Just days after City Manager Jill Ingram placed Community Development Director Jim Basham on paid administrative leave, the City Council split on a proposal to hire a consultant to provide the city with an interim substitute. New council members Schelly Sustarsic and Tom Moore voted against the proposal. District One Councilwoman Ellery Deaton was absent, resulting in a tie vote. So the council voted 3-1 to continue the matter. Moore cast the dissenting vote.
However, bringing the matter back means the city will vote again on whether to hire the consultant. Deaton is expected to vote to hire.
On Jan. 30 a man told the council that his wife had resigned because Basham was disrespectful to her. A Feb. 2 Sun guest column alleged that there had been at least three complaints with the city about Basham’s treatment of employees.
City residents last month complained about how the city apparently failed to prepare for January storms when Basham was still doing double duty as interim director of Public Works. The West End Pump station was not working during the January rains. Basham knew there was a problem with one of the pumps since Dec. 22.
Basham was replaced as Public Works director on Jan. 30 by Steve Myrter, former Public Works director for Signal Hill. Basham’s pay while on administrative leave will not include the temporary pay raise of about $1,400 a month he received starting in August 2015 for running two departments. That temporary increase was not part of Basham’s contract and ended when Myter took over the Public Works Department.
Anderson Penna Partners, a consulting firm Seal Beach has used in the past, submitted a proposal to provide Seal Beach with an interim director of Community Development on Feb. 7. The proposal included providing the city with a code enforcement officer.
The proposal would have paid Anderson Penna $150 an hour to have Scott Barber, a retired former Riverside city manager, to work at City Hall three days a week. If approved, the agreement could cost Seal Beach $133,000 a year.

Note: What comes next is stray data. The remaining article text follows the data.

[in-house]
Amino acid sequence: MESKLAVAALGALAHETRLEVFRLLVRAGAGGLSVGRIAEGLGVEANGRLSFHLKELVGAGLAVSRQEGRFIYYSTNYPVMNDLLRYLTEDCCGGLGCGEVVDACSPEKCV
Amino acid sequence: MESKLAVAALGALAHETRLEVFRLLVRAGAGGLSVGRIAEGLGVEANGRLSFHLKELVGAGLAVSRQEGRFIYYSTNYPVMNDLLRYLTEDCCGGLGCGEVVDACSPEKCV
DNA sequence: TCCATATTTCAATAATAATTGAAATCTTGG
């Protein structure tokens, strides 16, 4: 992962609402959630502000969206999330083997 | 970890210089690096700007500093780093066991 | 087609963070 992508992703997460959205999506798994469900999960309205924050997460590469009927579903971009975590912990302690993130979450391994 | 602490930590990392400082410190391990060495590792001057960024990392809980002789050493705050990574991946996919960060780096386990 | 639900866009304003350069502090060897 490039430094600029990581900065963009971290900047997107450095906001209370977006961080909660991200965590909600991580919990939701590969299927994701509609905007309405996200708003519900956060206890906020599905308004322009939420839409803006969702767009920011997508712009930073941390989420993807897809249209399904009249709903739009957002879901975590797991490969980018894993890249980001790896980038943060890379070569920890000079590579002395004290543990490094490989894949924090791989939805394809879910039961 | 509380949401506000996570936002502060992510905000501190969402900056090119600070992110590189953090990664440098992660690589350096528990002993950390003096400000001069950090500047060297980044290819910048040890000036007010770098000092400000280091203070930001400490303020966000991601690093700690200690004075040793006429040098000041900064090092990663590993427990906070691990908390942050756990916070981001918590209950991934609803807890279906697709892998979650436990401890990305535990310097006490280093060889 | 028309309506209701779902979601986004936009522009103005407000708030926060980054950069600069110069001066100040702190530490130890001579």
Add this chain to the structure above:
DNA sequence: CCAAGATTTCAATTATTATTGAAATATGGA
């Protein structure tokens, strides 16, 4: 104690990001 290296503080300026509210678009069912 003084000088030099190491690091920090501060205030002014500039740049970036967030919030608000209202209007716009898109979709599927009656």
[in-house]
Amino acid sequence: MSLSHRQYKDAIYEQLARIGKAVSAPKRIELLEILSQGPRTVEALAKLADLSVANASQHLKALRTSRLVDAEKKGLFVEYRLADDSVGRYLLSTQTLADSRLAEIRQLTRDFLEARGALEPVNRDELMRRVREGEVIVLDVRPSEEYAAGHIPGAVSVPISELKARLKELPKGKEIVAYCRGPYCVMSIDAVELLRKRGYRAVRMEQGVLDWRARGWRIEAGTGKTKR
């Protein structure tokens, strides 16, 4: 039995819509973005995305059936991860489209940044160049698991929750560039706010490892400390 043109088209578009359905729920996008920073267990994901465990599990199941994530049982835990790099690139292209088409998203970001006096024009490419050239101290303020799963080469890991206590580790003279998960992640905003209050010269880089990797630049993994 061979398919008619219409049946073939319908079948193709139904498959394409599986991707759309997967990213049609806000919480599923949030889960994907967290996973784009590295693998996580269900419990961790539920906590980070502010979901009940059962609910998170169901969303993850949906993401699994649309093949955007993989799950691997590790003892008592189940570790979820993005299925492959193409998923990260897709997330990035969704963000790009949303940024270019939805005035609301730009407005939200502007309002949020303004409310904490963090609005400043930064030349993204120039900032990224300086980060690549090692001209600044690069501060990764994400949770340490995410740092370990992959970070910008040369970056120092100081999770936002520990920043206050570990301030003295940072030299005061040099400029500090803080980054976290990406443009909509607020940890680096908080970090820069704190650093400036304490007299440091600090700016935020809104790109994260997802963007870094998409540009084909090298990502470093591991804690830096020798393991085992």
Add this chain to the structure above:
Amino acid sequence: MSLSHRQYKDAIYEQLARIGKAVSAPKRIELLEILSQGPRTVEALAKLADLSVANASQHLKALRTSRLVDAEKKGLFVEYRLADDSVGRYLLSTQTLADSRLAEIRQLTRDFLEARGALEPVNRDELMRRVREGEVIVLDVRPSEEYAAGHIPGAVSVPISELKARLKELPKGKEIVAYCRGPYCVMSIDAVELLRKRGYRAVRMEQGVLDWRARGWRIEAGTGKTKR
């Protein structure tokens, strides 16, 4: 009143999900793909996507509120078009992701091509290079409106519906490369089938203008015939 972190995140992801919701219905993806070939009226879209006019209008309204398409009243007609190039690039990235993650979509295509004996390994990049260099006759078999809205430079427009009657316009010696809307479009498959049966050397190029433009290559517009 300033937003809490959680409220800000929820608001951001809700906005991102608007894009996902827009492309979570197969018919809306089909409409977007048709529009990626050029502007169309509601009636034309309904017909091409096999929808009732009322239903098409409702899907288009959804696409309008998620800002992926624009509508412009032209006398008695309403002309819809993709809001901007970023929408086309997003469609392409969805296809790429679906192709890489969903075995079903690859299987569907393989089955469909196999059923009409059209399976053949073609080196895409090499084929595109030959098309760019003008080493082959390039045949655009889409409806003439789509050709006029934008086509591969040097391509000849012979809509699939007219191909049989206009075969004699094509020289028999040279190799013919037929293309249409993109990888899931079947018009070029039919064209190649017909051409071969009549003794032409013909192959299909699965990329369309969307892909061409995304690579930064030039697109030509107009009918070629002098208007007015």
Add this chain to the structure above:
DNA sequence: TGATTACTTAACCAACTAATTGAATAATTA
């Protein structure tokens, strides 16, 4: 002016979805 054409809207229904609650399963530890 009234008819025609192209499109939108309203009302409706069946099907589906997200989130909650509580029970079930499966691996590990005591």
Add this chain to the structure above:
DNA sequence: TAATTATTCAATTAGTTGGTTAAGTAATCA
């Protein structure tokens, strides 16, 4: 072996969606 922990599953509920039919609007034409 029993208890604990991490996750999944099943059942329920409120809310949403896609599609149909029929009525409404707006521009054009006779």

According to Moore, Seal Beach was paying twice as much for the same position. “From a fiscally responsible viewpoint, I suggest we ask staff to first resolve the current situation and then start searching for long-term employees,” Moore said.
Sustarsic said she wasn’t clear on where the money to pay for an interim development director was coming from. Mayor Sandra Massa-Lavitt, however, expressed concern about the workloads of the senior planner and assistant planner. She said the city needed an experienced development director.
Basham is the second Seal Beach department head placed on paid leave since Chief Joe Stilinovich was placed on leave about five months ago. While many citizens have consistently expressed support for Stilinovich, Basham has no known community support. Robert Goldberg, a frequent Basham critic, urged the council to send a message to the city manager that she will have to go without a department head for now. Sharman Snow said the community knew what Basham did wrong, while the community was still waiting to know what “Chief Joe” did. Anderson Penna’s proposed interim Community Development Director is Scott Barber, who was Riverside’s city manager from August 2011 to his retirement in December 2014.